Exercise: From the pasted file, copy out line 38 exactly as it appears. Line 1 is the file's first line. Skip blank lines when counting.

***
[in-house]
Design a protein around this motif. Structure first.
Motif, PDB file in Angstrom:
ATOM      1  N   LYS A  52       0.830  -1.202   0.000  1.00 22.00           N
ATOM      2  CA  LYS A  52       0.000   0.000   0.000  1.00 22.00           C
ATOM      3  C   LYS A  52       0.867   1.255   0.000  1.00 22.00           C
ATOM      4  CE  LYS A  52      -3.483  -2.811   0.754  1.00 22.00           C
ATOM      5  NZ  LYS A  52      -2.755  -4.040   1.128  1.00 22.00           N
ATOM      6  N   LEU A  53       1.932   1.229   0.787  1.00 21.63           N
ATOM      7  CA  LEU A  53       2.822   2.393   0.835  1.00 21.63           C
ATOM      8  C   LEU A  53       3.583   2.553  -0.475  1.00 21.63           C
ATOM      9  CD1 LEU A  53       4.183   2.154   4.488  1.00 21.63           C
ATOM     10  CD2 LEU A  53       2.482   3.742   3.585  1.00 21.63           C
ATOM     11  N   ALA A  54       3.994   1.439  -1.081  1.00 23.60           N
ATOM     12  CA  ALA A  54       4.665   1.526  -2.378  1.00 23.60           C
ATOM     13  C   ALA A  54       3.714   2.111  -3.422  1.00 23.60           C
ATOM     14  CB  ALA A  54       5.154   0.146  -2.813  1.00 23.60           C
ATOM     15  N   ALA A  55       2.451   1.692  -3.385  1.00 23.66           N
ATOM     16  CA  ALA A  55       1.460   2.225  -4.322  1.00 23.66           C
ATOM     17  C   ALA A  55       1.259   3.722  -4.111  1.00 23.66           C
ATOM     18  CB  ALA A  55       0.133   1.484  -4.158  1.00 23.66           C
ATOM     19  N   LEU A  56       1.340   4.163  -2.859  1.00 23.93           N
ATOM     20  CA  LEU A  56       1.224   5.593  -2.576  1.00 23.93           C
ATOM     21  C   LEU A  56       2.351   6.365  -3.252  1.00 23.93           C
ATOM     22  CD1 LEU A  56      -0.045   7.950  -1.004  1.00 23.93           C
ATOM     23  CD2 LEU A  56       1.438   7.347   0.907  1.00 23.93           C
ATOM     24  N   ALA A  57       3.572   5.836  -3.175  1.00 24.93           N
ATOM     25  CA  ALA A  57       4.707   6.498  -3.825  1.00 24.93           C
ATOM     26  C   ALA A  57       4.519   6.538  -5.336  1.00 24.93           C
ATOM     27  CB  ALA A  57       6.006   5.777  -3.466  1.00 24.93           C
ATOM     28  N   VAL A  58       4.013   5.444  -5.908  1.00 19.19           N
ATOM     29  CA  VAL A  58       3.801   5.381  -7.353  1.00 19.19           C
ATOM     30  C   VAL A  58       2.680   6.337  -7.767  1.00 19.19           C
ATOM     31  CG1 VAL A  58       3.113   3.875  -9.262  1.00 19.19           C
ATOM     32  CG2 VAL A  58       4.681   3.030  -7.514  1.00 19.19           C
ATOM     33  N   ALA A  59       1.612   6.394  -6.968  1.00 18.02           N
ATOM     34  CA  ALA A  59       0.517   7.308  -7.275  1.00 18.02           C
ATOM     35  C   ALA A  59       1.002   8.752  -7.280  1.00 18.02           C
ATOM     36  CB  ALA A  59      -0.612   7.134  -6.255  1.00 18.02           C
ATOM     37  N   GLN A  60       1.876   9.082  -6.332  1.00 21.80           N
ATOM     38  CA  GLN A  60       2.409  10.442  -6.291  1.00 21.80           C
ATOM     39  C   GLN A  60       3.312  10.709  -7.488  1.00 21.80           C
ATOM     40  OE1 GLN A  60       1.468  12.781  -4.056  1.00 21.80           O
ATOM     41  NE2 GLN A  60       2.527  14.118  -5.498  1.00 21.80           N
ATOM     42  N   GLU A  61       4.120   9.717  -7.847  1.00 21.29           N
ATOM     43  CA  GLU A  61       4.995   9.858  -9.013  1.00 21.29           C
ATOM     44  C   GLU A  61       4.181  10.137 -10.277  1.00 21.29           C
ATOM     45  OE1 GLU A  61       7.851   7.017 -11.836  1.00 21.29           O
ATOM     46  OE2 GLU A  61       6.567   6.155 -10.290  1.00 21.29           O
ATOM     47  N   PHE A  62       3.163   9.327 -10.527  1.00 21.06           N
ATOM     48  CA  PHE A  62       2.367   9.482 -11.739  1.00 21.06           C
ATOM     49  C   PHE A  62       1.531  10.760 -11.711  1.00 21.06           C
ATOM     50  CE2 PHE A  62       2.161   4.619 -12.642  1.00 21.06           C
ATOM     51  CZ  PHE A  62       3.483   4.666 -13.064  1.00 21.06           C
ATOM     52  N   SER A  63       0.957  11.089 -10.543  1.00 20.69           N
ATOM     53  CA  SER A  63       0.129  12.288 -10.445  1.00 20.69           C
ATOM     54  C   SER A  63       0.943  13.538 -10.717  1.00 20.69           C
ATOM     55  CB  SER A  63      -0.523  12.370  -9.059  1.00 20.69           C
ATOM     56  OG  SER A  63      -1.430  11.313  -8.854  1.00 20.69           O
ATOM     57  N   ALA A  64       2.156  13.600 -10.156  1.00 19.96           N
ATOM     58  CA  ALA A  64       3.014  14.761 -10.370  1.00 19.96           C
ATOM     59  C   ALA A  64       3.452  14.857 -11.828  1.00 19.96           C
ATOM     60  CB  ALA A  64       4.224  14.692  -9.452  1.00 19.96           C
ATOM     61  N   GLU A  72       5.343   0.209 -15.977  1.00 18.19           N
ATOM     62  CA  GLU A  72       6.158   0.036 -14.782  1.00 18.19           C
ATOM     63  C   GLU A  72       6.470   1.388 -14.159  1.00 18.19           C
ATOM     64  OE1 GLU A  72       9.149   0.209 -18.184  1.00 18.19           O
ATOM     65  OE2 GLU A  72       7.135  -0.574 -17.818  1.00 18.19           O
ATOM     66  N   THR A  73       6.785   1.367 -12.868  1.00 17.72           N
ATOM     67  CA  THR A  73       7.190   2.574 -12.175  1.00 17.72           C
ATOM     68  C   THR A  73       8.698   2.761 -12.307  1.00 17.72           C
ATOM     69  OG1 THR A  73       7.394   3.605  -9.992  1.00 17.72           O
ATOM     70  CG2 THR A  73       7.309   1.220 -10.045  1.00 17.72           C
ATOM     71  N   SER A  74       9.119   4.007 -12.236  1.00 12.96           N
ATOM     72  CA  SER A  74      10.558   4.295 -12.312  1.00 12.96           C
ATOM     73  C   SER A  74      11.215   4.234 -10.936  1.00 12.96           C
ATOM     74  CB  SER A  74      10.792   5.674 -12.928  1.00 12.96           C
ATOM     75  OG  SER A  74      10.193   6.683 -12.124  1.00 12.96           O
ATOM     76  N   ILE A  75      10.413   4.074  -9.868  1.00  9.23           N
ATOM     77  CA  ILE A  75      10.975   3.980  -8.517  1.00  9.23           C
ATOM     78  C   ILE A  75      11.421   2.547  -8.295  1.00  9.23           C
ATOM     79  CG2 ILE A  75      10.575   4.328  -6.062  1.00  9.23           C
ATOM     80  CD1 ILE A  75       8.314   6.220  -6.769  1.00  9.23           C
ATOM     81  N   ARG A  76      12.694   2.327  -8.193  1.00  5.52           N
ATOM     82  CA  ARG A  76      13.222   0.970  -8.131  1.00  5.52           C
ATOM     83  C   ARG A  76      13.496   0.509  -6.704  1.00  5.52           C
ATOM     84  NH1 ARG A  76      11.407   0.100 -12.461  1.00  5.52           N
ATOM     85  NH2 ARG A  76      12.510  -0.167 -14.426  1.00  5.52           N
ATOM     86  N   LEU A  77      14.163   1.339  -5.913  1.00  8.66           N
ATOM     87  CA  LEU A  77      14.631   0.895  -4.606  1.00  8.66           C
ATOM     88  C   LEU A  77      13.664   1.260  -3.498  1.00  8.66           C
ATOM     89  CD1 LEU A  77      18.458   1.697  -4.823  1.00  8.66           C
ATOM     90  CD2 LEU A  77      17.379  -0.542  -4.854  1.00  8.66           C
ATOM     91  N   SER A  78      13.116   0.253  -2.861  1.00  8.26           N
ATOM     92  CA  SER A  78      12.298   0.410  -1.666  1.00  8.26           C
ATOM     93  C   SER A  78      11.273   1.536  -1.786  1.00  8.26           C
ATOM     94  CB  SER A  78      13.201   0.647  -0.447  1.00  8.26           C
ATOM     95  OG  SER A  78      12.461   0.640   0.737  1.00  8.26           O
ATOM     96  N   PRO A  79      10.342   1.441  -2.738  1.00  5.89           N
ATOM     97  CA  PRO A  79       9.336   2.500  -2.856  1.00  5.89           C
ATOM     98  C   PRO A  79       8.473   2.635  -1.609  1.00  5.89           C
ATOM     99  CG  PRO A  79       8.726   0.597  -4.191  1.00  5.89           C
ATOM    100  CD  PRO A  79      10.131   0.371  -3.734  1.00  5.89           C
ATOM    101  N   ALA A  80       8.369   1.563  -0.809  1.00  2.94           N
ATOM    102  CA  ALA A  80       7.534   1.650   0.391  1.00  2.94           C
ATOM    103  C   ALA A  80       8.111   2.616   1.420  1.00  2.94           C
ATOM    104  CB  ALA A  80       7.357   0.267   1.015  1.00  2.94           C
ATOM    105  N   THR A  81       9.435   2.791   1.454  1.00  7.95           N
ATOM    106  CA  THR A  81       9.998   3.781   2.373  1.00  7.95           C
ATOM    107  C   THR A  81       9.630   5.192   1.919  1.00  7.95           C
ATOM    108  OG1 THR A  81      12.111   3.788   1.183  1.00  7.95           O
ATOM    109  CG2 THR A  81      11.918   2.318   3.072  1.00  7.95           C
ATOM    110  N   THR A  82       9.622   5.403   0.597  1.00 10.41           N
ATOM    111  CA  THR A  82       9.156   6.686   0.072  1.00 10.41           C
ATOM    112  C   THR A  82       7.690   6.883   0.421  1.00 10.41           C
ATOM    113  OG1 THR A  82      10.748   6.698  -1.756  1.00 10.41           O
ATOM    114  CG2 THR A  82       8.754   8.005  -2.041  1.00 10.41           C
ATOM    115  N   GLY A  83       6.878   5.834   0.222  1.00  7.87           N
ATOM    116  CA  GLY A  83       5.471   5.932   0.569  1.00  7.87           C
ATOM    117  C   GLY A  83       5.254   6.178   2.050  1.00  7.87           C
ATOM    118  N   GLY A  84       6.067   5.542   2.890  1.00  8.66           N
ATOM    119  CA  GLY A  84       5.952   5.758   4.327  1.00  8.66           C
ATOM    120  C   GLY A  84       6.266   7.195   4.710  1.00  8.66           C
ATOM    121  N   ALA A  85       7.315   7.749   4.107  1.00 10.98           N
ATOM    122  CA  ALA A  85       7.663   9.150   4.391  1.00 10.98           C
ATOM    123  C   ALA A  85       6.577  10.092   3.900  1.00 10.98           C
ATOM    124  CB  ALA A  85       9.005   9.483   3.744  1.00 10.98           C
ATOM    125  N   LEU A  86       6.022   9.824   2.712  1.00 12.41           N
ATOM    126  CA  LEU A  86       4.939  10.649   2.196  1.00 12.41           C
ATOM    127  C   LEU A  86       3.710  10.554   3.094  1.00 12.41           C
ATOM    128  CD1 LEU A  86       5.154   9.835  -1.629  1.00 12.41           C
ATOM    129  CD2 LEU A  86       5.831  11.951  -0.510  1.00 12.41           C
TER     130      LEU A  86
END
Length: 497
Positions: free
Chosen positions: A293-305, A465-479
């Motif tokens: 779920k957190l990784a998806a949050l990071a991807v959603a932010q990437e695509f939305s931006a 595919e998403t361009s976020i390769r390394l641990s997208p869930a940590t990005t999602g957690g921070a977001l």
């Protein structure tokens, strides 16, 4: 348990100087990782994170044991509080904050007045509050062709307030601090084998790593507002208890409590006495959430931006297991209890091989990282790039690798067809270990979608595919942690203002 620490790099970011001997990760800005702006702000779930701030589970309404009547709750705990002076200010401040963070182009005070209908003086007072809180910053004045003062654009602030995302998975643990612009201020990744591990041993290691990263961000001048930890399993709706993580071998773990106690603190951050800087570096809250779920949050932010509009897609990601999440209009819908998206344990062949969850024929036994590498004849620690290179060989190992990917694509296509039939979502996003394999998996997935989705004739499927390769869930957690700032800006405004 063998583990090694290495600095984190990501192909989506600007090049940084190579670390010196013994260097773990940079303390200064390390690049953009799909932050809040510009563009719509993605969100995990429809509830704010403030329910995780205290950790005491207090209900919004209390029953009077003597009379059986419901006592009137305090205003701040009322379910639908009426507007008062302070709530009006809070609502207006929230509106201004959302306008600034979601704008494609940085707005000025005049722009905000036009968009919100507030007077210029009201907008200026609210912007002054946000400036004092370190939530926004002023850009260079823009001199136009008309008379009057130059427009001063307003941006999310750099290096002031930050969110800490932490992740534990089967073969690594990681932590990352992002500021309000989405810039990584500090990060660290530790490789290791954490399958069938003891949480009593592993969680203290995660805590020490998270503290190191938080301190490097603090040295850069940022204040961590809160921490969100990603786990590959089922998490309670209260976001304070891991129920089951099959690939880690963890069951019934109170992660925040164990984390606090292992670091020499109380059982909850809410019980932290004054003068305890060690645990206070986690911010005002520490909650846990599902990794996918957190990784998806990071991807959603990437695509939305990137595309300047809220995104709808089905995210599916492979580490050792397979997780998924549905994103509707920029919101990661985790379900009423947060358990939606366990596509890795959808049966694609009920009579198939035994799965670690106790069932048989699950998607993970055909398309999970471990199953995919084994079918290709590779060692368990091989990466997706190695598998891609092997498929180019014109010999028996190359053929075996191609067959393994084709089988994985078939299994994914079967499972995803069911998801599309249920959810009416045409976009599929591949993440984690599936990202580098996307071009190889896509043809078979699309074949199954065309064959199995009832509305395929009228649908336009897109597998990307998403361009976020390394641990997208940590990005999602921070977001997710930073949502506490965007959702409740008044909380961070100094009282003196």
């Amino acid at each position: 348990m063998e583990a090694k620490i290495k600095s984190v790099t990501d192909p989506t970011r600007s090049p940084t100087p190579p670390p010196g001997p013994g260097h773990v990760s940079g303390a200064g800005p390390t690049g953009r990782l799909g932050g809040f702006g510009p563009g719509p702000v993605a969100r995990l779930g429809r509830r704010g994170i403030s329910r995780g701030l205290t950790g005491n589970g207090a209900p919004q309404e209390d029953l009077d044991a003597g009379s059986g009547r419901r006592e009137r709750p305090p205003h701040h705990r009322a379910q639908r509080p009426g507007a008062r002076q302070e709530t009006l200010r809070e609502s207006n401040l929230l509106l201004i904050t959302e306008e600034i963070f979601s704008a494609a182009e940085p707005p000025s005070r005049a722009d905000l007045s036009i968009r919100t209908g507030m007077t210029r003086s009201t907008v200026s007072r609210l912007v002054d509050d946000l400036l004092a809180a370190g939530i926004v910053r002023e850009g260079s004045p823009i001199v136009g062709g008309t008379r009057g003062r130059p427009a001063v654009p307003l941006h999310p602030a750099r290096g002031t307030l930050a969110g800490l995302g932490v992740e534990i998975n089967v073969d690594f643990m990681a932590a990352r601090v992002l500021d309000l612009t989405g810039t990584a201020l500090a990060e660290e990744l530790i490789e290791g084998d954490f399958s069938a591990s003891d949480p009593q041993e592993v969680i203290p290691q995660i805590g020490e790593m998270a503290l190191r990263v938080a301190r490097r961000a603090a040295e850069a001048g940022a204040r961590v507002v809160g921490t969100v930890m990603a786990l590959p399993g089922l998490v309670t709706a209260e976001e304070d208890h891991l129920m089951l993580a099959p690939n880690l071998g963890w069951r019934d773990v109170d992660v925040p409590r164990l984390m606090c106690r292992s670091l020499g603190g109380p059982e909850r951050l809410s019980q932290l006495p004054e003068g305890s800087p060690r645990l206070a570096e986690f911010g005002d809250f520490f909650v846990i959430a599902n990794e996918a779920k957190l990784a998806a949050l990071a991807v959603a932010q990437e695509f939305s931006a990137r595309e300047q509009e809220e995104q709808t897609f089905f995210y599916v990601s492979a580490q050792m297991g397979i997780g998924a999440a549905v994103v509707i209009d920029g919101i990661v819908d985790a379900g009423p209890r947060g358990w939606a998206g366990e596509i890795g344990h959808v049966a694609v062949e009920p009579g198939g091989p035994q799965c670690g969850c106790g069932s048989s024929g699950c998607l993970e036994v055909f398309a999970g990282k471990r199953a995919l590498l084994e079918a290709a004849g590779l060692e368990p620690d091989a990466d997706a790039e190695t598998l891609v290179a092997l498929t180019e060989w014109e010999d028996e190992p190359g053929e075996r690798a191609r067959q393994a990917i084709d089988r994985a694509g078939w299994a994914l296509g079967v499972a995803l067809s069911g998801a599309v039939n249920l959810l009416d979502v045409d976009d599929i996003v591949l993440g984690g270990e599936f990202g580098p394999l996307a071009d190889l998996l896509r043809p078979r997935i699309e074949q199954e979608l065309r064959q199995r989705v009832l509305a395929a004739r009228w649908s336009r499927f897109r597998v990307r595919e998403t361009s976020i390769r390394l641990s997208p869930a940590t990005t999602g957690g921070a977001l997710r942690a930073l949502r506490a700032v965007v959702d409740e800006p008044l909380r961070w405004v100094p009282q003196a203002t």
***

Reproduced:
ATOM     35  C   ALA A  59       1.002   8.752  -7.280  1.00 18.02           C